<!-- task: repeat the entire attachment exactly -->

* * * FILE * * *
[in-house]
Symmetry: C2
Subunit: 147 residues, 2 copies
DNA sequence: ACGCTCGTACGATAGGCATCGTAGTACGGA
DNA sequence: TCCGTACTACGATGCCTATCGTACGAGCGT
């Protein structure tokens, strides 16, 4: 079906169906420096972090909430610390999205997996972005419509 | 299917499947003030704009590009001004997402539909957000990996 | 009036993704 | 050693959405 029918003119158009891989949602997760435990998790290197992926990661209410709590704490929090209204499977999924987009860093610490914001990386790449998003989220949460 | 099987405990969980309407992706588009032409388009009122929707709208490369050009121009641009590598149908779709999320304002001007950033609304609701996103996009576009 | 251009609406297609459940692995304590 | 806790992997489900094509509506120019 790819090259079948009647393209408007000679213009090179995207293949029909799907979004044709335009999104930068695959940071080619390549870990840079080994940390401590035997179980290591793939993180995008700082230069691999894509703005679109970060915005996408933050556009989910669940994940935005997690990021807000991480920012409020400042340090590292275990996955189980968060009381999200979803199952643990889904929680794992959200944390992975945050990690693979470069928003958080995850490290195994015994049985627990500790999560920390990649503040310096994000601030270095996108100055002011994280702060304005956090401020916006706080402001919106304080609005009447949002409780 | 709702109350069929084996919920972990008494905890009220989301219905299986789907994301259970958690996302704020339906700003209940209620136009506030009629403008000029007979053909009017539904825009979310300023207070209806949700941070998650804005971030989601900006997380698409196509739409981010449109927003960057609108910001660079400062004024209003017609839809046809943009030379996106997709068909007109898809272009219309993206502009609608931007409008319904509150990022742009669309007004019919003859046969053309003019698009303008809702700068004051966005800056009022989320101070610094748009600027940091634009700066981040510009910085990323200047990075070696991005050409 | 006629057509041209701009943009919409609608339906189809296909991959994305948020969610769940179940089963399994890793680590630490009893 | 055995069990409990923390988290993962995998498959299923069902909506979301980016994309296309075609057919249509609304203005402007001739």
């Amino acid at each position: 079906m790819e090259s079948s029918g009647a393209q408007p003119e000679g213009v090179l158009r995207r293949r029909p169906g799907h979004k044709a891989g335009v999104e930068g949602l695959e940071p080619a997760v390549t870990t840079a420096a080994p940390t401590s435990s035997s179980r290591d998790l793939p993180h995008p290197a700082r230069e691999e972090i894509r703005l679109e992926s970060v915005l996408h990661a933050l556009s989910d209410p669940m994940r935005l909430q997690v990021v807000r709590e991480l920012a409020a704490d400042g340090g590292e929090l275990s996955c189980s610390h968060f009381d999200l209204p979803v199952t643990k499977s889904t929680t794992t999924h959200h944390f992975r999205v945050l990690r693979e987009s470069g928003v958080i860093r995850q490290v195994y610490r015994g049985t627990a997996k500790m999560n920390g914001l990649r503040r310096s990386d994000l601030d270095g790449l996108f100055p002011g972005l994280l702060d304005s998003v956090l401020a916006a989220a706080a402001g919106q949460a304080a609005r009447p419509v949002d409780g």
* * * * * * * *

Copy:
[in-house]
Symmetry: C2
Subunit: 147 residues, 2 copies
DNA sequence: ACGCTCGTACGATAGGCATCGTAGTACGGA
DNA sequence: TCCGTACTACGATGCCTATCGTACGAGCGT
């Protein structure tokens, strides 16, 4: 079906169906420096972090909430610390999205997996972005419509 | 299917499947003030704009590009001004997402539909957000990996 | 009036993704 | 050693959405 029918003119158009891989949602997760435990998790290197992926990661209410709590704490929090209204499977999924987009860093610490914001990386790449998003989220949460 | 099987405990969980309407992706588009032409388009009122929707709208490369050009121009641009590598149908779709999320304002001007950033609304609701996103996009576009 | 251009609406297609459940692995304590 | 806790992997489900094509509506120019 790819090259079948009647393209408007000679213009090179995207293949029909799907979004044709335009999104930068695959940071080619390549870990840079080994940390401590035997179980290591793939993180995008700082230069691999894509703005679109970060915005996408933050556009989910669940994940935005997690990021807000991480920012409020400042340090590292275990996955189980968060009381999200979803199952643990889904929680794992959200944390992975945050990690693979470069928003958080995850490290195994015994049985627990500790999560920390990649503040310096994000601030270095996108100055002011994280702060304005956090401020916006706080402001919106304080609005009447949002409780 | 709702109350069929084996919920972990008494905890009220989301219905299986789907994301259970958690996302704020339906700003209940209620136009506030009629403008000029007979053909009017539904825009979310300023207070209806949700941070998650804005971030989601900006997380698409196509739409981010449109927003960057609108910001660079400062004024209003017609839809046809943009030379996106997709068909007109898809272009219309993206502009609608931007409008319904509150990022742009669309007004019919003859046969053309003019698009303008809702700068004051966005800056009022989320101070610094748009600027940091634009700066981040510009910085990323200047990075070696991005050409 | 006629057509041209701009943009919409609608339906189809296909991959994305948020969610769940179940089963399994890793680590630490009893 | 055995069990409990923390988290993962995998498959299923069902909506979301980016994309296309075609057919249509609304203005402007001739």
């Amino acid at each position: 079906m790819e090259s079948s029918g009647a393209q408007p003119e000679g213009v090179l158009r995207r293949r029909p169906g799907h979004k044709a891989g335009v999104e930068g949602l695959e940071p080619a997760v390549t870990t840079a420096a080994p940390t401590s435990s035997s179980r290591d998790l793939p993180h995008p290197a700082r230069e691999e972090i894509r703005l679109e992926s970060v915005l996408h990661a933050l556009s989910d209410p669940m994940r935005l909430q997690v990021v807000r709590e991480l920012a409020a704490d400042g340090g590292e929090l275990s996955c189980s610390h968060f009381d999200l209204p979803v199952t643990k499977s889904t929680t794992t999924h959200h944390f992975r999205v945050l990690r693979e987009s470069g928003v958080i860093r995850q490290v195994y610490r015994g049985t627990a997996k500790m999560n920390g914001l990649r503040r310096s990386d994000l601030d270095g790449l996108f100055p002011g972005l994280l702060d304005s998003v956090l401020a916006a989220a706080a402001g919106q949460a304080a609005r009447p419509v949002d409780g």